Marshik convincingly demonstrates that few things are more worrisomely lively than the clothes we wear. More than simply magical talismans or fetish objects, they are potentially hazardous wights that can leech away human subjectivity. The inward turn of modernism, when seen this way, becomes less about a Freudian discovery of inner riches than about an ongoing retrenchment in which the self becomes ever more subject to things—and particularly to those things we wear every day. This book is far more than just a study of clothing... it is a significant rethinking of modernism, combining cultural history and theoretical innovation on almost every page. Sean Latham, University of Tulsa
Clothes are dangerous. Instead of presenting dress as a form of self-expression, Marshik reveals its power to diminish, imperil and undo the modern self. In this highly original and exciting book, she ranges from Ulysses to the Sunday Pictorial, from Mrs. Dalloway to The Tale of Mr. Jeremy Fisher, demonstrating the potentiality of garments across modernist, middlebrow and popular cultures in Britain. A superb achievement. Faye Hammill, University of Strathclyde, Glasgow
At the Mercy of their Clothes makes an important contribution to a developing critical tradition that focuses on garments and fashion to assess how writers of the early twentieth century debated and constructed individuality in a time marked by socio-economic and techno- logical change. It will be of immense interest to scholars and students of early twentieth-century literature, modernism, and material culture. I, for one, have already assigned the mackintosh chapter as essential reading for my Ulysses class next year. Vike Martina Plock, Modernism/modernity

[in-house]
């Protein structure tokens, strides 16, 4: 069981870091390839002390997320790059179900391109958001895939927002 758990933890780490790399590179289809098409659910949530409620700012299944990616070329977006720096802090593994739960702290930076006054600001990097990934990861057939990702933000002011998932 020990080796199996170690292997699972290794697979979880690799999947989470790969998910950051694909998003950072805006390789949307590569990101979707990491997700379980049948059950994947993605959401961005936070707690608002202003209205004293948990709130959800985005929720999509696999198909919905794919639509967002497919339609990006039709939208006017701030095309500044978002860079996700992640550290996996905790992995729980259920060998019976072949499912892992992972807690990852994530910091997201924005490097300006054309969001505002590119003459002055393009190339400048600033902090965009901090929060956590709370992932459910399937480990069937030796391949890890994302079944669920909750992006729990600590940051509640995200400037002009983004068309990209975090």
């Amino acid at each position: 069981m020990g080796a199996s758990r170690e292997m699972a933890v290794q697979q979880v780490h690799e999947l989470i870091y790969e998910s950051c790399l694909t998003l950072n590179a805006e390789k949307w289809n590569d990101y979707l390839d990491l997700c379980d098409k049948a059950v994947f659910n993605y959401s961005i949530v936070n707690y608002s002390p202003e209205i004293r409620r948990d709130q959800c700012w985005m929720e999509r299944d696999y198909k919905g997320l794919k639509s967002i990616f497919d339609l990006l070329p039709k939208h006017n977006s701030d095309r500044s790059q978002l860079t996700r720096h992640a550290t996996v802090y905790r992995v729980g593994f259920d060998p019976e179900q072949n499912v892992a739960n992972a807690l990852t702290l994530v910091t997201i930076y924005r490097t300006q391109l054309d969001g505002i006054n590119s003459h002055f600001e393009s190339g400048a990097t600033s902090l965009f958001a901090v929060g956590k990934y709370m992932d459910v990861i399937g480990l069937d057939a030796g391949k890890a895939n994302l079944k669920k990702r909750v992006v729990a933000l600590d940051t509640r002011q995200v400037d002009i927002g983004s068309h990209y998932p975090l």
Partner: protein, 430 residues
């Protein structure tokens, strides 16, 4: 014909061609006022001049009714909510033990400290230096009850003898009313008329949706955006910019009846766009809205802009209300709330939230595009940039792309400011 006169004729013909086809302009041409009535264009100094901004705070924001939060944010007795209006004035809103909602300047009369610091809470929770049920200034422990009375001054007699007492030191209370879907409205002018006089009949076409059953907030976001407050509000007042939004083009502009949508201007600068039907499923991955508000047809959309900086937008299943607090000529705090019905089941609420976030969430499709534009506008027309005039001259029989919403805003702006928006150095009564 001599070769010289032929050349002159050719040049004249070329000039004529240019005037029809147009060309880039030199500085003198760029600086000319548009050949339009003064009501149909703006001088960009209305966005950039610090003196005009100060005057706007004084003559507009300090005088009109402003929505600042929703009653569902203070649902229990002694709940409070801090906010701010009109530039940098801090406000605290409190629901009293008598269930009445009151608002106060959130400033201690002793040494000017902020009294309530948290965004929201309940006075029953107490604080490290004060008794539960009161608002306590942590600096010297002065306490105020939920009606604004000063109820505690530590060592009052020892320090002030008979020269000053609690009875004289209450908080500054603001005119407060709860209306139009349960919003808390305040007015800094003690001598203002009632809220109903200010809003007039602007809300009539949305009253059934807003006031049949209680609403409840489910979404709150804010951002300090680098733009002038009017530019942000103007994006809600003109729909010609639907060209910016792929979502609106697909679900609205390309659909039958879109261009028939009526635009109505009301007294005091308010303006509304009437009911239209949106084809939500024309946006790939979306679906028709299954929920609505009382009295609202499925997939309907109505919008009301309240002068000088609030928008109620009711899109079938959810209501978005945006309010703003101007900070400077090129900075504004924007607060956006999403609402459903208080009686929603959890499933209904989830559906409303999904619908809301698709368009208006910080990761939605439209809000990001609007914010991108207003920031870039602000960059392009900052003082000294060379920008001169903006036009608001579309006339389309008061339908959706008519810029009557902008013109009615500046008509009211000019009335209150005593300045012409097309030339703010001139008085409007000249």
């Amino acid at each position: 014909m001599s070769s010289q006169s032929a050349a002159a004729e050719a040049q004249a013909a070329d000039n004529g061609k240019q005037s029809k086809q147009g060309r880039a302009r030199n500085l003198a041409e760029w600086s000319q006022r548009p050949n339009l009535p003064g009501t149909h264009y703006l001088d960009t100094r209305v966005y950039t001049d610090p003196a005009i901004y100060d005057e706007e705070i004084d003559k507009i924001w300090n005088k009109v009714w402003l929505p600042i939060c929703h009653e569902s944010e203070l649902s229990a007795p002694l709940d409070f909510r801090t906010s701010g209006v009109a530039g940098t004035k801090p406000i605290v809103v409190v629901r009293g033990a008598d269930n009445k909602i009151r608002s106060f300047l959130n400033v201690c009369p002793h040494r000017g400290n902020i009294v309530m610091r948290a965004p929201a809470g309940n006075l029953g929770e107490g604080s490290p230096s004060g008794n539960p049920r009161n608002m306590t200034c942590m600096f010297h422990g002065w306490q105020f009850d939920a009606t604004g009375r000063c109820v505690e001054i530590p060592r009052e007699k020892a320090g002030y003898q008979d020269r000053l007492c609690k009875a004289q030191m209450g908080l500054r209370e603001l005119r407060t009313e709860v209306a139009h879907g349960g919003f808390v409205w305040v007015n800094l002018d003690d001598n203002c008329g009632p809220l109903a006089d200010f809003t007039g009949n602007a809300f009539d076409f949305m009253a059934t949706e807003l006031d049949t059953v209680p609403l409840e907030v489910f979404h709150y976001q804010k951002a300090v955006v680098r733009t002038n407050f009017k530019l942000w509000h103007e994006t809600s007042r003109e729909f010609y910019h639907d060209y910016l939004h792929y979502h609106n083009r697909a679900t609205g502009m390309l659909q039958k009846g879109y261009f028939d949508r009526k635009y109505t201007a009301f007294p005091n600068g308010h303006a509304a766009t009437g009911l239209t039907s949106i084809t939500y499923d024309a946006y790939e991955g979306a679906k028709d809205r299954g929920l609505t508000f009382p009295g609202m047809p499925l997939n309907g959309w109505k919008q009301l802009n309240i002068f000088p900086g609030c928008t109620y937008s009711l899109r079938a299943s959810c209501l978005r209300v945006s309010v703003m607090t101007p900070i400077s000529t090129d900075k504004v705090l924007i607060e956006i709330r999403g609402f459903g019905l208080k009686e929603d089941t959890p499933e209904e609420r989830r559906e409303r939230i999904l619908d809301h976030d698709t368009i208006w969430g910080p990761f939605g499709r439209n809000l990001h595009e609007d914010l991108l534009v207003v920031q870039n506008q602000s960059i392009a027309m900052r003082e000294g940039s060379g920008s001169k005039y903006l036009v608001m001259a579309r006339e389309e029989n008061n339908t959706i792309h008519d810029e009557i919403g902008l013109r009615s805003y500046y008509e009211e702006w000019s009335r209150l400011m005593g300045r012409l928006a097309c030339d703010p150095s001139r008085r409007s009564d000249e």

Marshik’s cultural studies approach is both convincing and provocative. Her study ties together threads of contemporary cultural studies theory with fashion studies, modernist literary criticism and sociology. As an interdisciplinary project, the book offers a fresh perspective on the dialogic exchange among the period’s modernist literary texts, popular media, fashionable garments and consumers. Lauren S. Cardon, Literature & History
At the Mercy of Their Clothes offers a brilliant compendium of archival material woven into a tightly articulated and important argument about material culture’s intersections with the literary and art worlds that will enrich readers’ scholarship and teaching. Sarah Cornish, The Space Between: Literature and Culture 1914-1945
At the Mercy of Their Clothes sheds light on the vexed relationships between garments and their wearers in the early twentieth century, and each chapter is engaging as well as versatile in its attention to modernist and middlebrow voices. Throughout, Marshik’s research is thorough and absorbing, and her argument persuasive. Emily James, Woolf Studies Annual
List of Illustrations
Acknowledgments
Introduction: At the Mercy of Their Clothes
1. What Do Women Want? At the Mercy of the Evening Gown
2. Wearable Memorials: Into and Out of the Trenches with the Modern Mac
3. Aspiration to the Extraordinary: Materializing the Subject Through Fancy Dress
4. Serialized Selves: Style, Identity, and the Problem of the Used Garment
Coda: Precious Clothing
Notes
Bibliography
Index

Read the introduction:

About the Author

Celia Marshik is professor of English at Stony Brook University. She is the author of British Modernism and Censorship (2006) and the editor of The Cambridge Companion to Modernist Culture (2014).